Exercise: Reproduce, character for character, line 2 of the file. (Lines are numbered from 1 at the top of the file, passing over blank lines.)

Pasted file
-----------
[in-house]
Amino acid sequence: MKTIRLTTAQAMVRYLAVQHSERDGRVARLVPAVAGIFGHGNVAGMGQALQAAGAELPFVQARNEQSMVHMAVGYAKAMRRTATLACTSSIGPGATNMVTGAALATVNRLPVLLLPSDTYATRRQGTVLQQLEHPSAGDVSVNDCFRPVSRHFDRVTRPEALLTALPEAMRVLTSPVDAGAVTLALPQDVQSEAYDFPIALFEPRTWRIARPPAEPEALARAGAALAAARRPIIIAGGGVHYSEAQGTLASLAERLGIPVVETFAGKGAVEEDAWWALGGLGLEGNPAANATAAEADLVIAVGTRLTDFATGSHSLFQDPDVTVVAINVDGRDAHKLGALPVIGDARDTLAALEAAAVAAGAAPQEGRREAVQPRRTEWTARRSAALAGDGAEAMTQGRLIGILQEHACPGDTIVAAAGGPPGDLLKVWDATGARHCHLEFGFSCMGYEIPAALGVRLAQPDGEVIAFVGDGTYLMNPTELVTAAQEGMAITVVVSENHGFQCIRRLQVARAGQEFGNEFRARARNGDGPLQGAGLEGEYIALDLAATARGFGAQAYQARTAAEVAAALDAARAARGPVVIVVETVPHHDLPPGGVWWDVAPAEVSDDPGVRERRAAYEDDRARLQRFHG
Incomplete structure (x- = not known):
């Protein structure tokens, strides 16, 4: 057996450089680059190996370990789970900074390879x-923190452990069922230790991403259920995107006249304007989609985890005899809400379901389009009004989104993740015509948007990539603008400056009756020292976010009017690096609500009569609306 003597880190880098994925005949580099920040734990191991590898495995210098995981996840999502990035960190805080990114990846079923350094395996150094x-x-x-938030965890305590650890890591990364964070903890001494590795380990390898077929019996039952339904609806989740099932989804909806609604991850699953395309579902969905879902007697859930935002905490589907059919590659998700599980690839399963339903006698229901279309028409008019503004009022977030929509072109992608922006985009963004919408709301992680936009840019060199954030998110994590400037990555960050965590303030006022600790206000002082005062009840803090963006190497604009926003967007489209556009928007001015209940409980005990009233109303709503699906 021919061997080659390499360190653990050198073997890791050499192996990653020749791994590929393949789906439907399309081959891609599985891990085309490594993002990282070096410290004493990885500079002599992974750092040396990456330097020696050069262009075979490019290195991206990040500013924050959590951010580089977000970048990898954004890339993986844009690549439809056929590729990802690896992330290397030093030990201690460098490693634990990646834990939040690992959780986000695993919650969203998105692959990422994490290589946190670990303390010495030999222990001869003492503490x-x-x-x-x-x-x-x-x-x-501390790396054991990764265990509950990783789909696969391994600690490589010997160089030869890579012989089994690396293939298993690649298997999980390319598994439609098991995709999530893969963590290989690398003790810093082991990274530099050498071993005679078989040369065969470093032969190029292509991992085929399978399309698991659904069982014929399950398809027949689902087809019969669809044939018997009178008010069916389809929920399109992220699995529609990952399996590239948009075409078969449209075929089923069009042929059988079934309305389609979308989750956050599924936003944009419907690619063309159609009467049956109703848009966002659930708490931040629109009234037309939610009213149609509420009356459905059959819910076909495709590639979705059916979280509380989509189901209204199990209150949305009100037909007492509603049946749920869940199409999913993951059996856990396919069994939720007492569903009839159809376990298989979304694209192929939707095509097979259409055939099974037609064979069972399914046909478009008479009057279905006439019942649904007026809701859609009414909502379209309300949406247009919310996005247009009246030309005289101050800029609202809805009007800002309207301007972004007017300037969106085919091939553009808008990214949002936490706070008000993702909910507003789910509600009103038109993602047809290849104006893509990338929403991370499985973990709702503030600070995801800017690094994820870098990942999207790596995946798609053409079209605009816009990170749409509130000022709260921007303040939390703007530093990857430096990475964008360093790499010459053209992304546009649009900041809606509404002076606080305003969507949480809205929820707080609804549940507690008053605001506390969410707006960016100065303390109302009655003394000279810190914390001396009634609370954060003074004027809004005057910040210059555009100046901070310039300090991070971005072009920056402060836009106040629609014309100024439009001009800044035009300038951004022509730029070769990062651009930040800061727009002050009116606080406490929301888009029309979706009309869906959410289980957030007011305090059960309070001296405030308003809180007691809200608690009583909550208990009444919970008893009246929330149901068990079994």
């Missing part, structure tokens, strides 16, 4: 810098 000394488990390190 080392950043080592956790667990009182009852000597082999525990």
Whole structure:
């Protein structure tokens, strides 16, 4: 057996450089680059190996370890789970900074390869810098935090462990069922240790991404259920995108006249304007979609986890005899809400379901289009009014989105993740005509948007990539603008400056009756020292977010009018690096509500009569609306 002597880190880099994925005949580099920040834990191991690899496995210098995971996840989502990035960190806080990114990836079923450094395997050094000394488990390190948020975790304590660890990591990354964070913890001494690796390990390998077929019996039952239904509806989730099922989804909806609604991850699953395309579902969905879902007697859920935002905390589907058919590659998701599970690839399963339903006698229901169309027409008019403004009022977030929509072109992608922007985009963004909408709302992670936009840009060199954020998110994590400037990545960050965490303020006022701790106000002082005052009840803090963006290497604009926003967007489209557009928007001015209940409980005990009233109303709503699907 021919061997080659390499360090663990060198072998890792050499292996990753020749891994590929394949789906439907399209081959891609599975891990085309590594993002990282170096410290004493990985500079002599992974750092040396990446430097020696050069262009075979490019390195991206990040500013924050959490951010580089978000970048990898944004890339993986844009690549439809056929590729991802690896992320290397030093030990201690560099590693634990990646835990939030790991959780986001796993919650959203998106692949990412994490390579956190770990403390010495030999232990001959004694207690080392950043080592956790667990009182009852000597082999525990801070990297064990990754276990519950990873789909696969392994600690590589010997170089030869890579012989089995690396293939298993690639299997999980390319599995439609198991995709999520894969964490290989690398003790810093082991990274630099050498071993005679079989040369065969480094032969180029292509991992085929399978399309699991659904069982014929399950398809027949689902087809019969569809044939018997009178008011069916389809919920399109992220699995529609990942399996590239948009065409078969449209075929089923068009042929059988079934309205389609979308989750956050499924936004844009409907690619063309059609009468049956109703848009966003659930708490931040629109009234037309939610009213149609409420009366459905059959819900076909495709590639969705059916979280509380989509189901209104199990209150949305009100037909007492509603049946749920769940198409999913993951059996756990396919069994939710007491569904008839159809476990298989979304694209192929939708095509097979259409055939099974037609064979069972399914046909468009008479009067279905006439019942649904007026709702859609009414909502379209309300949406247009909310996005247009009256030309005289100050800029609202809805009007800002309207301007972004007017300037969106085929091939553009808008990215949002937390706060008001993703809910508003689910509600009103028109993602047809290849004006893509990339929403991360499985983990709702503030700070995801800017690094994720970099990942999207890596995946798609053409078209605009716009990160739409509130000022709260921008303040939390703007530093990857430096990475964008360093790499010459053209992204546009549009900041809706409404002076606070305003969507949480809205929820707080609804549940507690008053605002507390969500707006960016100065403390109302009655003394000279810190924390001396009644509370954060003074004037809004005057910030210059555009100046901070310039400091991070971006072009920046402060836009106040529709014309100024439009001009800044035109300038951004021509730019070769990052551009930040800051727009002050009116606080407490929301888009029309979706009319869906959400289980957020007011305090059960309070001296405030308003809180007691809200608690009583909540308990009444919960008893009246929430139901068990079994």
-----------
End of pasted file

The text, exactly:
Amino acid sequence: MKTIRLTTAQAMVRYLAVQHSERDGRVARLVPAVAGIFGHGNVAGMGQALQAAGAELPFVQARNEQSMVHMAVGYAKAMRRTATLACTSSIGPGATNMVTGAALATVNRLPVLLLPSDTYATRRQGTVLQQLEHPSAGDVSVNDCFRPVSRHFDRVTRPEALLTALPEAMRVLTSPVDAGAVTLALPQDVQSEAYDFPIALFEPRTWRIARPPAEPEALARAGAALAAARRPIIIAGGGVHYSEAQGTLASLAERLGIPVVETFAGKGAVEEDAWWALGGLGLEGNPAANATAAEADLVIAVGTRLTDFATGSHSLFQDPDVTVVAINVDGRDAHKLGALPVIGDARDTLAALEAAAVAAGAAPQEGRREAVQPRRTEWTARRSAALAGDGAEAMTQGRLIGILQEHACPGDTIVAAAGGPPGDLLKVWDATGARHCHLEFGFSCMGYEIPAALGVRLAQPDGEVIAFVGDGTYLMNPTELVTAAQEGMAITVVVSENHGFQCIRRLQVARAGQEFGNEFRARARNGDGPLQGAGLEGEYIALDLAATARGFGAQAYQARTAAEVAAALDAARAARGPVVIVVETVPHHDLPPGGVWWDVAPAEVSDDPGVRERRAAYEDDRARLQRFHG